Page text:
Family Dispute Resolution (“FDR”) is a specific type of mediation that assists separated couples in sorting out arrangements for their children and sometimes, also property. It is conducted by a Family Dispute Resolution practitioner who is required to have special training to allow them to conduct FDR’s.
There are now a large number of agencies that provide Family Dispute Resolution services for people involved in a parenting dispute. The main providers are community based or government providers but these often have long wait lists. More recently private providers of these services are more common and can be much faster to organise and usually have more flexible arrangements; for a price.
During the FDR the practitioner will assist the parties to try and reach an agreement about the living arrangements of the children. Sometimes this also includes property settlement. It should be noted however that, the practitioner cannot offer legal advice to the parties and cannot decide the outcome of the FDR.
In order for agreement to be reached, the parties must reach that agreement between themselves. Sometimes at the FDR the parties may agree on some of the matters in dispute but not all of them. Whilst technically this means that the FDR did not settle, in some cases a Parenting Plan can be drawn up to set out what has been agreed to and a further FDR can be scheduled.
What can you do prior to attending at FDR to improve the likelihood of success?
Our advice is that prior to attending at FDR, the parties each obtain their own independent legal advice from specialist Family Lawyer.
If you’re considering dealing with property settlement at FDR, it’s also very important to get advice about your entitlements beforehand so that you are aware of these when you are mediating. Every case is different and you cannot rely on generic material published about these matters; you should get tailored advice, specifically for you.
A good lawyer can assist you to work out a detailed proposal that fits your situation and can also tailor a solution to your needs and point out matters that you may not have considered previously. They should prepare a written proposal for you to take with you to reference and work through at your FDR. This gives you the best chance of getting the most favourable outcome for you and your children.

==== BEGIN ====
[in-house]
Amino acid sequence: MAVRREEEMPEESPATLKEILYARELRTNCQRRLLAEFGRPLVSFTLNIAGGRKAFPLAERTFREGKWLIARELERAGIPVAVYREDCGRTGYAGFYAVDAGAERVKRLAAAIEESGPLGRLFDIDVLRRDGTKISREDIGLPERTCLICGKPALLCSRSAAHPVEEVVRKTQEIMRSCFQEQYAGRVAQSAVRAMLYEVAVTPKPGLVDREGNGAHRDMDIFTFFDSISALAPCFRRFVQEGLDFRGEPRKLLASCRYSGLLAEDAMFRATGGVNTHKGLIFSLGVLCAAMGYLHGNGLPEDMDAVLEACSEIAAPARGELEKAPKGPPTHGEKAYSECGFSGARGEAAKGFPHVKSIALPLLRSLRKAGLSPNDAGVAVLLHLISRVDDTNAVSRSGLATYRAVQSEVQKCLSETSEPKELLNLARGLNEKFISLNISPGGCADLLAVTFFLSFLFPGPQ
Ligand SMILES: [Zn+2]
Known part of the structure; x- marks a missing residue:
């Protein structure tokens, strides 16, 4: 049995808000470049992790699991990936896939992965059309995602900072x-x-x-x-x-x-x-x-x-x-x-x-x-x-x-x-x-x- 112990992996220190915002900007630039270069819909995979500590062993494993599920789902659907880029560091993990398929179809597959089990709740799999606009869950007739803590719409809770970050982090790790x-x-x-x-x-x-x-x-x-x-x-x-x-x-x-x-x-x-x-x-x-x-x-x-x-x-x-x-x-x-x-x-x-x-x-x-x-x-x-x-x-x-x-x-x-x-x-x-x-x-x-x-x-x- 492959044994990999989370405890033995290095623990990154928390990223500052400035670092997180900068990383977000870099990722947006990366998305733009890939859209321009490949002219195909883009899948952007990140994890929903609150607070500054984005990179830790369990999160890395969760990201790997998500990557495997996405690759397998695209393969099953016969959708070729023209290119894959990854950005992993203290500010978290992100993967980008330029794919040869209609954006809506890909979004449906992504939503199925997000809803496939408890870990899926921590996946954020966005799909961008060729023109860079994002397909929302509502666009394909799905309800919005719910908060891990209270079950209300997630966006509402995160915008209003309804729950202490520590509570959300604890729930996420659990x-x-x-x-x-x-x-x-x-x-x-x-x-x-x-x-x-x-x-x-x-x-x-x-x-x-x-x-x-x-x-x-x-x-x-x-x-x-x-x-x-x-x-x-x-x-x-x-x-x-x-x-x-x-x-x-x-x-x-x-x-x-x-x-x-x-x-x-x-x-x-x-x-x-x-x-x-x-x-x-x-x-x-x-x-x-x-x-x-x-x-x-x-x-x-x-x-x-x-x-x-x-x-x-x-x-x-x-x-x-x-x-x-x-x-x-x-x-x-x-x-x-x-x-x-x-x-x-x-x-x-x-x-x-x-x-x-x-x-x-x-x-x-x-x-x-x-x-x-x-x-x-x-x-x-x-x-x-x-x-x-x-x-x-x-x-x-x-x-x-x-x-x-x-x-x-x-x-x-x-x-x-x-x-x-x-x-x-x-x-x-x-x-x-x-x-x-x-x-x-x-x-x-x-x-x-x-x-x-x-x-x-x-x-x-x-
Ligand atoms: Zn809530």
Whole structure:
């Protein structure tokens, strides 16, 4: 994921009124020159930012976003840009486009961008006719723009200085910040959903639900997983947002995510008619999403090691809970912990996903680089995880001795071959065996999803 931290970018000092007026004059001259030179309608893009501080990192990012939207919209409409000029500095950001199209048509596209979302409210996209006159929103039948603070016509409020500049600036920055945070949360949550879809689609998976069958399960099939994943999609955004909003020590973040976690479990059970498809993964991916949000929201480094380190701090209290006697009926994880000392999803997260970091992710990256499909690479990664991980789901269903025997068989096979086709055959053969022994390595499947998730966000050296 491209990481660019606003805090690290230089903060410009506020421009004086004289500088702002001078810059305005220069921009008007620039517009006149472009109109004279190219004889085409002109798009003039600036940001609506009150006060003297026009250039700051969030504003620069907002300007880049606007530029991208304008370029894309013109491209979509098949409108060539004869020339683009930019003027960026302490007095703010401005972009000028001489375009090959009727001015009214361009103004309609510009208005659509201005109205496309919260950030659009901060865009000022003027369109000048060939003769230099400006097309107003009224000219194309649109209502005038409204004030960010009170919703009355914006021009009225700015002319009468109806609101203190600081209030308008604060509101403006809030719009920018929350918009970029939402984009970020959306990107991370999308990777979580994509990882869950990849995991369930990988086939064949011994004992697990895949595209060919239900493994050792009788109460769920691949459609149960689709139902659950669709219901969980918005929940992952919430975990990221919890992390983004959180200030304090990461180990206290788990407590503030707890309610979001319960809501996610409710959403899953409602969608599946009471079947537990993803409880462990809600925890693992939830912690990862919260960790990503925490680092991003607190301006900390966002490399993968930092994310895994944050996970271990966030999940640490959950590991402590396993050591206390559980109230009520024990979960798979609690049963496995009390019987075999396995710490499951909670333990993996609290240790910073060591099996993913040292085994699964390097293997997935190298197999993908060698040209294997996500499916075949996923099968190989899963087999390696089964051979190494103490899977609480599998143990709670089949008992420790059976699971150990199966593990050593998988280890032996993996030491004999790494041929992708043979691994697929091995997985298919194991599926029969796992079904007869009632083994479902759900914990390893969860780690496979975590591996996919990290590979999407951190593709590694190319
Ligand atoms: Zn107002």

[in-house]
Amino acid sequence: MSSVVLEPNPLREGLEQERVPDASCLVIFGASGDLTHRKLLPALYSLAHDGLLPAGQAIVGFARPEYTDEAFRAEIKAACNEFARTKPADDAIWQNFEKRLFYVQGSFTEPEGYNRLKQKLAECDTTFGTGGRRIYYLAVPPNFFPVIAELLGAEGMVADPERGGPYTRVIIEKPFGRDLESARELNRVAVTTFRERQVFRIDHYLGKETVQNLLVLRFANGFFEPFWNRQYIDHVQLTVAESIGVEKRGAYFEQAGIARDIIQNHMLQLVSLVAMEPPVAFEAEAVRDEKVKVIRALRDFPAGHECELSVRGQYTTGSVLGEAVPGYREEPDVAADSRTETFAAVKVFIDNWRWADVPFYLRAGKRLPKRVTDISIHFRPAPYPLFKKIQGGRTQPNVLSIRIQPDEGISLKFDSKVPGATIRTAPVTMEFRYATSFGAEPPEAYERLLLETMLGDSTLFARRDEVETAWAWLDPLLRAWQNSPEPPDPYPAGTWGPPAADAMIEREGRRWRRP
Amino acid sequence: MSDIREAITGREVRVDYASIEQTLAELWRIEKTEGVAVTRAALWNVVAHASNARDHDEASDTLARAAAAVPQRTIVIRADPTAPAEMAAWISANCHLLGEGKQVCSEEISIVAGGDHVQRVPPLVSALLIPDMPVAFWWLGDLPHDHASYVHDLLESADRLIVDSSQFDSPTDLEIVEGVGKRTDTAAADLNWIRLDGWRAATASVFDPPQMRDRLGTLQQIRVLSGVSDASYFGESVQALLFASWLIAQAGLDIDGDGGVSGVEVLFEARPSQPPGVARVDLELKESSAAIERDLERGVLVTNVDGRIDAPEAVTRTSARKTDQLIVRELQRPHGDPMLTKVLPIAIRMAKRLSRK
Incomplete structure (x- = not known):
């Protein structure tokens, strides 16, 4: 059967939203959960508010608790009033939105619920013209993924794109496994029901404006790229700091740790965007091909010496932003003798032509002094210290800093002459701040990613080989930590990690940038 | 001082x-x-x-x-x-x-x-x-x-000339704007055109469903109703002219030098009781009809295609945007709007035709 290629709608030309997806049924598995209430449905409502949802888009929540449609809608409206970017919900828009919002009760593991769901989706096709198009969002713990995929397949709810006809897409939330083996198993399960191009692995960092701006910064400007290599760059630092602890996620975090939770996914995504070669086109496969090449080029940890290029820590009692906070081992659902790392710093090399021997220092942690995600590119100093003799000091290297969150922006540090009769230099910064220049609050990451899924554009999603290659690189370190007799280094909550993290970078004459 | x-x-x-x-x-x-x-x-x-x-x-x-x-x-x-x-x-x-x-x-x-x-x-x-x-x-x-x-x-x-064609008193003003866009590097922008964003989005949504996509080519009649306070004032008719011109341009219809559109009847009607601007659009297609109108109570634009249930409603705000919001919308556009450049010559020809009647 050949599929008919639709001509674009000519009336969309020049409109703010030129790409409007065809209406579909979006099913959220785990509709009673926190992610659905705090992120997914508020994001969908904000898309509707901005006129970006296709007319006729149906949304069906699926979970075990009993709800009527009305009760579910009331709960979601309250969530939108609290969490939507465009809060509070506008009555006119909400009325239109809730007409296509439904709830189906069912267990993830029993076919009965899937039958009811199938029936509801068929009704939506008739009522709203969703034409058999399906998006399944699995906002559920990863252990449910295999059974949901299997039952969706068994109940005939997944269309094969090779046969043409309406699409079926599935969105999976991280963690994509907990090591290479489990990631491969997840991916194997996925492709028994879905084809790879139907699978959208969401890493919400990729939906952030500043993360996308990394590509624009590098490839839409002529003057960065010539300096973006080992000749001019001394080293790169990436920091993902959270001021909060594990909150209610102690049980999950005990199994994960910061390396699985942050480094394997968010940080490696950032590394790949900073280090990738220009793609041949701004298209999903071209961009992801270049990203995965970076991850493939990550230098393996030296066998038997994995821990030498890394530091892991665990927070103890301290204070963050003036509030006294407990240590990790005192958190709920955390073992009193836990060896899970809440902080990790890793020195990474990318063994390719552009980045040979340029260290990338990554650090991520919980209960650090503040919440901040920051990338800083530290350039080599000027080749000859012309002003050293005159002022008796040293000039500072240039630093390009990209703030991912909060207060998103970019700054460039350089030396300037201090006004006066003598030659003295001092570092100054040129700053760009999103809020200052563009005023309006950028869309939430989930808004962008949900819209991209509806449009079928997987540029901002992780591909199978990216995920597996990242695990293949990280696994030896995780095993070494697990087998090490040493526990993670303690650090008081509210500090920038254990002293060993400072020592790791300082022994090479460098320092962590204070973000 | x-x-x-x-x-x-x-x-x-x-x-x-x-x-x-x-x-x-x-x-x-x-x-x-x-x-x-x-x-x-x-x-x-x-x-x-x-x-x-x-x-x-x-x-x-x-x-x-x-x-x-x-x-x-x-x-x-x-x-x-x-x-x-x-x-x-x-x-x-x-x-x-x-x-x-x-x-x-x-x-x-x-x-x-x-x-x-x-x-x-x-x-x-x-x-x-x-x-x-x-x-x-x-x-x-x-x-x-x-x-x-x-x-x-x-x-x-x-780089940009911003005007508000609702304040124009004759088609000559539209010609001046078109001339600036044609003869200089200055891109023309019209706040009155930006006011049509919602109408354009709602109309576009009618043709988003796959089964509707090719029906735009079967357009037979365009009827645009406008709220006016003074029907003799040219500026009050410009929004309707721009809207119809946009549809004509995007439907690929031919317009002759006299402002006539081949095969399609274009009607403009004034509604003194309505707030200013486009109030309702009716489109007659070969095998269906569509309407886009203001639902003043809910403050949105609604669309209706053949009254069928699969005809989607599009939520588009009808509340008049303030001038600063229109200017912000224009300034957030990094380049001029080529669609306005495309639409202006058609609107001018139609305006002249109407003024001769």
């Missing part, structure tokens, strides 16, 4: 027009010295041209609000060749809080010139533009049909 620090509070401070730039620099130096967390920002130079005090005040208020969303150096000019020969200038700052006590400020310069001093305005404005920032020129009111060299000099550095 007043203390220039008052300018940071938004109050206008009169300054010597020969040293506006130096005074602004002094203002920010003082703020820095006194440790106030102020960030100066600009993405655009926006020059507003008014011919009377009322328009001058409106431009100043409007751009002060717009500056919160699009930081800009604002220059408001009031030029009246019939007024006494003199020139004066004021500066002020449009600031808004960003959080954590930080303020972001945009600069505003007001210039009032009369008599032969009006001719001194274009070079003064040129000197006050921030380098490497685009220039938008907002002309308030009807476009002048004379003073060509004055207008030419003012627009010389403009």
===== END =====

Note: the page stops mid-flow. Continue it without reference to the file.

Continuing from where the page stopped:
The more prepared you are when going into FDR, the better your chance of a good result.
At Andersons, we can arrange private FDR where the parties can have their own legal representatives present at the mediation, to provide advice.
The law provides that parties are required to attempt Family Dispute Resolution prior to instituting proceedings in court. There are however exceptions to this requirement. The exceptions include:
- Cases where there is family violence or abuse or a risk of family violence or abuse;
- Cases where an existing parenting order has been breached; or
- Cases where the application is urgent.
If you’re looking at instituting proceedings in court for a parenting order, you should obtain advice if you’re seeking to rely on one of these exceptions.
A Family Dispute Resolution practitioner provides a certificate known as a Section 60I Certificate to confirm that the parties have attended at Family Dispute Resolution. They will still provide the certificate if:
- one of the parties did not turn up;
- the practitioner considered that it would not be appropriate to conduct the proposed Family Dispute Resolution (this often occurs in cases of domestic violence);
- both parties have attended and both parties made a genuine attempt to resolve the issues;
- both parties attended and one party did not make a genuine effort to resolve the issues; or
- the parties began dispute resolution but the practitioner did not consider it would be appropriate to continue the dispute resolution.
If you’re thinking of going to FDR make sure you get legal advice from a lawyer experienced in Family Law first.